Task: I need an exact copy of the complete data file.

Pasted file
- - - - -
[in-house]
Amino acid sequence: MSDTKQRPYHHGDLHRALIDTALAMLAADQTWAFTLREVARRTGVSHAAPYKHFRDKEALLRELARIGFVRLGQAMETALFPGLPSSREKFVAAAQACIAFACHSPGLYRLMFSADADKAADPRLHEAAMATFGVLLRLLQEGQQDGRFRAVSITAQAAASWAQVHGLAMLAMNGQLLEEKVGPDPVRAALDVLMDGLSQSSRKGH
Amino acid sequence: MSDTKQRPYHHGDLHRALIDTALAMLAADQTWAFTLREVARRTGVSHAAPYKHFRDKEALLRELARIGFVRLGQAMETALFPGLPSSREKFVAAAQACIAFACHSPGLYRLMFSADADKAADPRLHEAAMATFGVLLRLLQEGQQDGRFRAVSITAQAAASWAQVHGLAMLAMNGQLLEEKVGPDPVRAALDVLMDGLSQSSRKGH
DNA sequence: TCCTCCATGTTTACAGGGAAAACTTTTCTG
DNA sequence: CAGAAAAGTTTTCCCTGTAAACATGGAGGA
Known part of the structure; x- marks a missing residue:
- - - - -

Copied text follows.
[in-house]
Amino acid sequence: MSDTKQRPYHHGDLHRALIDTALAMLAADQTWAFTLREVARRTGVSHAAPYKHFRDKEALLRELARIGFVRLGQAMETALFPGLPSSREKFVAAAQACIAFACHSPGLYRLMFSADADKAADPRLHEAAMATFGVLLRLLQEGQQDGRFRAVSITAQAAASWAQVHGLAMLAMNGQLLEEKVGPDPVRAALDVLMDGLSQSSRKGH
Amino acid sequence: MSDTKQRPYHHGDLHRALIDTALAMLAADQTWAFTLREVARRTGVSHAAPYKHFRDKEALLRELARIGFVRLGQAMETALFPGLPSSREKFVAAAQACIAFACHSPGLYRLMFSADADKAADPRLHEAAMATFGVLLRLLQEGQQDGRFRAVSITAQAAASWAQVHGLAMLAMNGQLLEEKVGPDPVRAALDVLMDGLSQSSRKGH
DNA sequence: TCCTCCATGTTTACAGGGAAAACTTTTCTG
DNA sequence: CAGAAAAGTTTTCCCTGTAAACATGGAGGA
Known part of the structure; x- marks a missing residue: